I went out to dinner a few weeks back with: my boss, P; his friend, F, a Pakistani fund manager; and F’s wife, J, an attorney, to F’s favorite restaurant: Madangsui in K-town. While F fussed over my dietary quirks [steakatarian = pescetarian but with steak in lieu of pesce] and I tried to placate him by ordering kimchi and tofu soup, drinks and tiny dishes began to materialize on our table. We all sampled the 20% ABV sake and passed around the banchan while inquiring about the kids, relating Hurricane Sandy stories [F, J and kids live in Short Hills, an upscale NJ suburban town, and had lost power for a week]. After a few rounds of sake and assorted kimchi, we were teased with the arrival of lettuce wraps, scallions and chili paste, whose vehicles still grilled in the pit between us.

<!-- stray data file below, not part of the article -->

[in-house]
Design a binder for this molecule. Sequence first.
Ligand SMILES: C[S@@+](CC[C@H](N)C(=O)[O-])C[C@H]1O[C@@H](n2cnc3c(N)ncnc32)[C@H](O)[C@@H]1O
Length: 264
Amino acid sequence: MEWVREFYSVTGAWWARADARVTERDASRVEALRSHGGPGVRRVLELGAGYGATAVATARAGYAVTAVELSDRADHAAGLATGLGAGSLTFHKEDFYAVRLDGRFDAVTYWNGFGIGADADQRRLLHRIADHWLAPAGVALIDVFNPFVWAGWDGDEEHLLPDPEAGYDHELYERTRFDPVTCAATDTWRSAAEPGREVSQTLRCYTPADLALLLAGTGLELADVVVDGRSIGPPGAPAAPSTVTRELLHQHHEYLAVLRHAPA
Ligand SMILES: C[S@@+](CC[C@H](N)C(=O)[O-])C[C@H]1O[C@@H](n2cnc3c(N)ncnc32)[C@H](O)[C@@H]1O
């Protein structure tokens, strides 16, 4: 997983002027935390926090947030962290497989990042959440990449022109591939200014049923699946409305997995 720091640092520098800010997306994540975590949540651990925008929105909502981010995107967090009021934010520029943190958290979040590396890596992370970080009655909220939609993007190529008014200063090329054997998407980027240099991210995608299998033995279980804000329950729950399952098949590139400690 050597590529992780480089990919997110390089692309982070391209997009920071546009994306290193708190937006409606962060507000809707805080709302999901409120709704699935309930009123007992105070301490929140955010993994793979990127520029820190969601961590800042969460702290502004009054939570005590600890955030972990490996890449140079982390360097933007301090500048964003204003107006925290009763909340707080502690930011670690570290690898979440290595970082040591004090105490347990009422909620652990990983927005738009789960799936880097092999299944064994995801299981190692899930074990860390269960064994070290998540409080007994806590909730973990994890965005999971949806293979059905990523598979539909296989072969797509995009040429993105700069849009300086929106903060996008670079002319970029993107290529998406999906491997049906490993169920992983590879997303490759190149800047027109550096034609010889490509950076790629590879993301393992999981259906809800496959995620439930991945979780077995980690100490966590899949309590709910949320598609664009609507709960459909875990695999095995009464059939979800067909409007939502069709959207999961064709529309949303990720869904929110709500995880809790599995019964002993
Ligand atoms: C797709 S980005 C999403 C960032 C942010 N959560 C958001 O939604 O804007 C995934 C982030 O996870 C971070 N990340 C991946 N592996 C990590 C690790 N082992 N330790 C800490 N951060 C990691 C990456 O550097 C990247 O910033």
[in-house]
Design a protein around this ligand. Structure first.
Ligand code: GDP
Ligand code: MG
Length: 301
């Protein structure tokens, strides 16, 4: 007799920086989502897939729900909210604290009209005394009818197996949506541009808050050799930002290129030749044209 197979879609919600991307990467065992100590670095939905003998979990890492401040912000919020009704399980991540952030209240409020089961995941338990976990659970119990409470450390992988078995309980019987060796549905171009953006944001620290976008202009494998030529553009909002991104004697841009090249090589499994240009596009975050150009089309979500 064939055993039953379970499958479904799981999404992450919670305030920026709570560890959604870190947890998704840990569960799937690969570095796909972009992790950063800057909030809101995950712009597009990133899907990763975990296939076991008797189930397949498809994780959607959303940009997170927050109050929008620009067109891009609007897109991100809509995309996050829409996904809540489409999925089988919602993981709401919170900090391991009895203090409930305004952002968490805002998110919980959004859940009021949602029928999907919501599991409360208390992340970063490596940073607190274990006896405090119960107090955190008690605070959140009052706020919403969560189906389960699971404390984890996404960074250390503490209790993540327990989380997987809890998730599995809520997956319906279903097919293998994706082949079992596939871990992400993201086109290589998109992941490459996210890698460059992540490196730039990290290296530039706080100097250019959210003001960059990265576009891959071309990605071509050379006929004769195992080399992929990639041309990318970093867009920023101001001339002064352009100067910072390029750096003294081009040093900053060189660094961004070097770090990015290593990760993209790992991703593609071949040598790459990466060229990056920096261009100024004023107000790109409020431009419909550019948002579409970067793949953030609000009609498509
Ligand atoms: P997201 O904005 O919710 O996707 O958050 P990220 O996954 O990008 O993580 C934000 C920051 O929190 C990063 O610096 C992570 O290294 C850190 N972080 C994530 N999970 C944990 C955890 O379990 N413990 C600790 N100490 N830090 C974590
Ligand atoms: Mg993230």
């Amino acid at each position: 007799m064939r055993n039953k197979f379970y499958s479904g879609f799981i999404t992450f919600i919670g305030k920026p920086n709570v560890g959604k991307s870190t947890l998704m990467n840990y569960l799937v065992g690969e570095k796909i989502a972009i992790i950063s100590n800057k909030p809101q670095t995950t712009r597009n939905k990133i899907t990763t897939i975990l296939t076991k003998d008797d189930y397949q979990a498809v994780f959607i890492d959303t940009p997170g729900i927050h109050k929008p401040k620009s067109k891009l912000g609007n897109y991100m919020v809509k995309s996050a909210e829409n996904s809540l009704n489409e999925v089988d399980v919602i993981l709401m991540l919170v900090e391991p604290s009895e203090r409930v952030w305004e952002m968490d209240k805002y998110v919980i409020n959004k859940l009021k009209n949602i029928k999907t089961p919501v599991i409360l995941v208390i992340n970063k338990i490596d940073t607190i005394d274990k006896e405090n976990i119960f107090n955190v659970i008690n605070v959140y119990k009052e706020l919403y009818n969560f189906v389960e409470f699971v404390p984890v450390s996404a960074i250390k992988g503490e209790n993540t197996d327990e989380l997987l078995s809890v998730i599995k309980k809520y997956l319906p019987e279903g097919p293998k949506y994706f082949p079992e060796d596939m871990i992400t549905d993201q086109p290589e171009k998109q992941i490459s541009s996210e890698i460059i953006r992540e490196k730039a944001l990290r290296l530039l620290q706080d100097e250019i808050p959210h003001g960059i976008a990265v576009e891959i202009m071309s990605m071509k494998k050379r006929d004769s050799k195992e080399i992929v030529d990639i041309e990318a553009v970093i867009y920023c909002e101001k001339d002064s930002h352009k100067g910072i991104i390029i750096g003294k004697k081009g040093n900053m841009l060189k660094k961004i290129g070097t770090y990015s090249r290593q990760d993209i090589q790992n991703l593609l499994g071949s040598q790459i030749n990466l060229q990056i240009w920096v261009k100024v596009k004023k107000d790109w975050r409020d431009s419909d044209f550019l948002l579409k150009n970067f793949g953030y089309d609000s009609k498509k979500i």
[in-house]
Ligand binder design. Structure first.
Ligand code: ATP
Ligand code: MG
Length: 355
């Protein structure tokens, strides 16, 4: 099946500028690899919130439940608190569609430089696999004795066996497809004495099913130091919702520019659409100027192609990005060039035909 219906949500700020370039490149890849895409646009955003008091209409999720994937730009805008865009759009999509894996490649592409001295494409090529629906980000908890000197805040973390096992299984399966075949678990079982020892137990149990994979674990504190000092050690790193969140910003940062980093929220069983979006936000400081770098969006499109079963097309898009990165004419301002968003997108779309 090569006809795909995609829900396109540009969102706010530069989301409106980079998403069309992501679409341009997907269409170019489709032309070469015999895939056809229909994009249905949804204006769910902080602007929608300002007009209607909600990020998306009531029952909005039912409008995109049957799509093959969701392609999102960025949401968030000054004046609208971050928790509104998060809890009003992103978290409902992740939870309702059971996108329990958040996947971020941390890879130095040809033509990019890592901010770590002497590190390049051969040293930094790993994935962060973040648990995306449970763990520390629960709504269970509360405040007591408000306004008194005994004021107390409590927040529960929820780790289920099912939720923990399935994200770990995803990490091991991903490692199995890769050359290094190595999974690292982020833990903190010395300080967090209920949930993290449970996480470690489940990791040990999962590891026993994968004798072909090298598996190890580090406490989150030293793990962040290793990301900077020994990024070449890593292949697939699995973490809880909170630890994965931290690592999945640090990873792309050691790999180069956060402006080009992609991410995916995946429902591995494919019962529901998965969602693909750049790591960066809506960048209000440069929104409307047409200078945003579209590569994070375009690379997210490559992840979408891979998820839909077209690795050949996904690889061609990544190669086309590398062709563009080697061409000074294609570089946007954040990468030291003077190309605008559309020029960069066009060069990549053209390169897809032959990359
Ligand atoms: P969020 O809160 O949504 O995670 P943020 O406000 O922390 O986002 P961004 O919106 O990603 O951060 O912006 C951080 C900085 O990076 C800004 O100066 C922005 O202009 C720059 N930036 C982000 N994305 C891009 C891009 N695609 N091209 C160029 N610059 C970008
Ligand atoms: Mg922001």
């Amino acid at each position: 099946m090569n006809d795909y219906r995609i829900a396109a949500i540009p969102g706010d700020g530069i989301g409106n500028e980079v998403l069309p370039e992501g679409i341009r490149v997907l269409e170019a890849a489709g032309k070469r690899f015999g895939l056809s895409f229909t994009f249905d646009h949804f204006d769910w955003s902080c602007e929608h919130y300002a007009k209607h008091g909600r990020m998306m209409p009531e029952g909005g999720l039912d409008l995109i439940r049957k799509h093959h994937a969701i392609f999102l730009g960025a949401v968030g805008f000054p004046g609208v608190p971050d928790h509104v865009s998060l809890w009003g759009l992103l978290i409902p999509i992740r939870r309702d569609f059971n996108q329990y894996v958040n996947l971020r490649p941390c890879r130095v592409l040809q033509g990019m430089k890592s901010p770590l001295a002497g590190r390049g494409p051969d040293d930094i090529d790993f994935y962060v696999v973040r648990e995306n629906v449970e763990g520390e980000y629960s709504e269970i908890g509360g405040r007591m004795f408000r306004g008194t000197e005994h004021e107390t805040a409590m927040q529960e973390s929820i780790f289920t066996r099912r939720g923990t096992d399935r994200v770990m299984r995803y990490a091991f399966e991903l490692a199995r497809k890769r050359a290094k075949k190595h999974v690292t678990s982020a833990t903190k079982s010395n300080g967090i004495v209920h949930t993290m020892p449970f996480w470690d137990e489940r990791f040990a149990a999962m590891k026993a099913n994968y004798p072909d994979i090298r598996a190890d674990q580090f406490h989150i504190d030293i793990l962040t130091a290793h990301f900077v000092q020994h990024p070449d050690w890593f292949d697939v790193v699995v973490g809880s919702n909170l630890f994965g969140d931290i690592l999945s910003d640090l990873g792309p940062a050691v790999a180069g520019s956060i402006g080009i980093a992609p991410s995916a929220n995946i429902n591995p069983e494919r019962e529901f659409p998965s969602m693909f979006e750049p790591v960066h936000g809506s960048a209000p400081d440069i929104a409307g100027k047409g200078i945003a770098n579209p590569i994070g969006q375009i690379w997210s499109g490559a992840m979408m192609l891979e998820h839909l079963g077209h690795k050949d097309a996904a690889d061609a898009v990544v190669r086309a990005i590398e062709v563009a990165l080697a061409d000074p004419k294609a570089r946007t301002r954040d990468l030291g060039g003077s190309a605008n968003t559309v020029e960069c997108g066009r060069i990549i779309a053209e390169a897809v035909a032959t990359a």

This post raised a question I have thought about myself: how do non-interventionists/isolationists propose to institute such policy? The United States is, at least currently, in the unenviable position of being the world’s sole financial and military superpower. The rest of the world looks to the US to lead while simultaneously awaiting overreach so it can be seen as a bully and a meddler. Should it never intervene in any situation? Continue reading On US foreign policy
Being a minority is not something I think much about anymore. Yay, assimilation.